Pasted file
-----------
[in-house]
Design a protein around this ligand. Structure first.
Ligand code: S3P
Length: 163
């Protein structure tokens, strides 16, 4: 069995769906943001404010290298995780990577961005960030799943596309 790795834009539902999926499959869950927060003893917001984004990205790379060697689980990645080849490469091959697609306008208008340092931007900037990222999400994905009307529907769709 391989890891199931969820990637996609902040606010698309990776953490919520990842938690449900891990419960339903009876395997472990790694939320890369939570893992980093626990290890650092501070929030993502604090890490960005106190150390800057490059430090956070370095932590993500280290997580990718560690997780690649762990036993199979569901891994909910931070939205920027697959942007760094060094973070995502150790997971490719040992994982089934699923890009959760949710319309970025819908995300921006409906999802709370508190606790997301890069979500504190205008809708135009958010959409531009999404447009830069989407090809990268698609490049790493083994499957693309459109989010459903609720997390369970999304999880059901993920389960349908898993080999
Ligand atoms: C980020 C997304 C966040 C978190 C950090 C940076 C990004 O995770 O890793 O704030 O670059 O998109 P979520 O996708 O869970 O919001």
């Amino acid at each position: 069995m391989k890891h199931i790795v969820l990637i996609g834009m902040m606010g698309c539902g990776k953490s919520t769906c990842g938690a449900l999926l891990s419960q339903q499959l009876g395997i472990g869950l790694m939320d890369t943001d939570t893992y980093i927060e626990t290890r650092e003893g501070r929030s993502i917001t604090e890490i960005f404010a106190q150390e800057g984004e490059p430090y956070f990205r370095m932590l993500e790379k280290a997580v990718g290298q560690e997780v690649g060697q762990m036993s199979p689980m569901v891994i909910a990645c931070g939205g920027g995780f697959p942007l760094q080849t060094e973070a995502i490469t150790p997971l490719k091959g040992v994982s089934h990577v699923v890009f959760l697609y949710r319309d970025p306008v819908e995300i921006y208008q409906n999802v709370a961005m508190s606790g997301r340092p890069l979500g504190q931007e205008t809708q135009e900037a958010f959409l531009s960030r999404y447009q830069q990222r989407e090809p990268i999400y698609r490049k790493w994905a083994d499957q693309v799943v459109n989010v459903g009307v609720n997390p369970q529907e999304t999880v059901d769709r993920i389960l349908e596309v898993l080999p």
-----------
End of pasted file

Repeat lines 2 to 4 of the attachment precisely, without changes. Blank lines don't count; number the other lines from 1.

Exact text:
Design a protein around this ligand. Structure first.
Ligand code: S3P
Length: 163